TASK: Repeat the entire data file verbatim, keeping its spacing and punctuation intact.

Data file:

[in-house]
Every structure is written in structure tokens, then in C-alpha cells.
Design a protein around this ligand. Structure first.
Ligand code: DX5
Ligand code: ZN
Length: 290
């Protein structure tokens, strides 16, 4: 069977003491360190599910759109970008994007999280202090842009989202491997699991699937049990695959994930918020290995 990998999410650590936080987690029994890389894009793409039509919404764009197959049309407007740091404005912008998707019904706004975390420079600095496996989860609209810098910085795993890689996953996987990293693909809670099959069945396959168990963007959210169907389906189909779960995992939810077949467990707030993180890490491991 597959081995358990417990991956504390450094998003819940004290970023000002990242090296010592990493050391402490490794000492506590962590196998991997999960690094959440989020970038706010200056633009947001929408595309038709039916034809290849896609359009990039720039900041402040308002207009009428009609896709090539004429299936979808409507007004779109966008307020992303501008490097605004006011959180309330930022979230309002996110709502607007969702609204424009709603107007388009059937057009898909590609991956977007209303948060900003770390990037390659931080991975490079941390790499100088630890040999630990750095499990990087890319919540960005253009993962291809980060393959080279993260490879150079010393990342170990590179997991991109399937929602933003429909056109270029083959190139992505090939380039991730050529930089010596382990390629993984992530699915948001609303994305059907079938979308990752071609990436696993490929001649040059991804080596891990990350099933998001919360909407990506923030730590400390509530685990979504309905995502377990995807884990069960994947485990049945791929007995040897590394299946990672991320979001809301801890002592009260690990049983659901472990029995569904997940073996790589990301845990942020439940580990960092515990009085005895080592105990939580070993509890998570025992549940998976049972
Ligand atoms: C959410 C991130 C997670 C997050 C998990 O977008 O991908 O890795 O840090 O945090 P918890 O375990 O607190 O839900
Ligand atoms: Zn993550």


[in-house]
Every structure is written in structure tokens, then in C-alpha cells.
Design a protein around this ligand. Structure first.
Ligand code: DX5
Ligand code: ZN
Length: 290
């Protein structure tokens, strides 16, 4: 069977003491360190599910759109970008994007999280202090842009989202491997699991699937049990695959994930918020290995 990998999410650590936080987690029994890389894009793409039509919404764009197959049309407007740091404005912008998707019904706004975390420079600095496996989860609209810098910085795993890689996953996987990293693909809670099959069945396959168990963007959210169907389906189909779960995992939810077949467990707030993180890490491991 597959081995358990417990991956504390450094998003819940004290970023000002990242090296010592990493050391402490490794000492506590962590196998991997999960690094959440989020970038706010200056633009947001929408595309038709039916034809290849896609359009990039720039900041402040308002207009009428009609896709090539004429299936979808409507007004779109966008307020992303501008490097605004006011959180309330930022979230309002996110709502607007969702609204424009709603107007388009059937057009898909590609991956977007209303948060900003770390990037390659931080991975490079941390790499100088630890040999630990750095499990990087890319919540960005253009993962291809980060393959080279993260490879150079010393990342170990590179997991991109399937929602933003429909056109270029083959190139992505090939380039991730050529930089010596382990390629993984992530699915948001609303994305059907079938979308990752071609990436696993490929001649040059991804080596891990990350099933998001919360909407990506923030730590400390509530685990979504309905995502377990995807884990069960994947485990049945791929007995040897590394299946990672991320979001809301801890002592009260690990049983659901472990029995569904997940073996790589990301845990942020439940580990960092515990009085005895080592105990939580070993509890998570025992549940998976049972
Ligand atoms: C959410 C991130 C997670 C997050 C998990 O977008 O991908 O890795 O840090 O945090 P918890 O375990 O607190 O839900
Ligand atoms: Zn993550």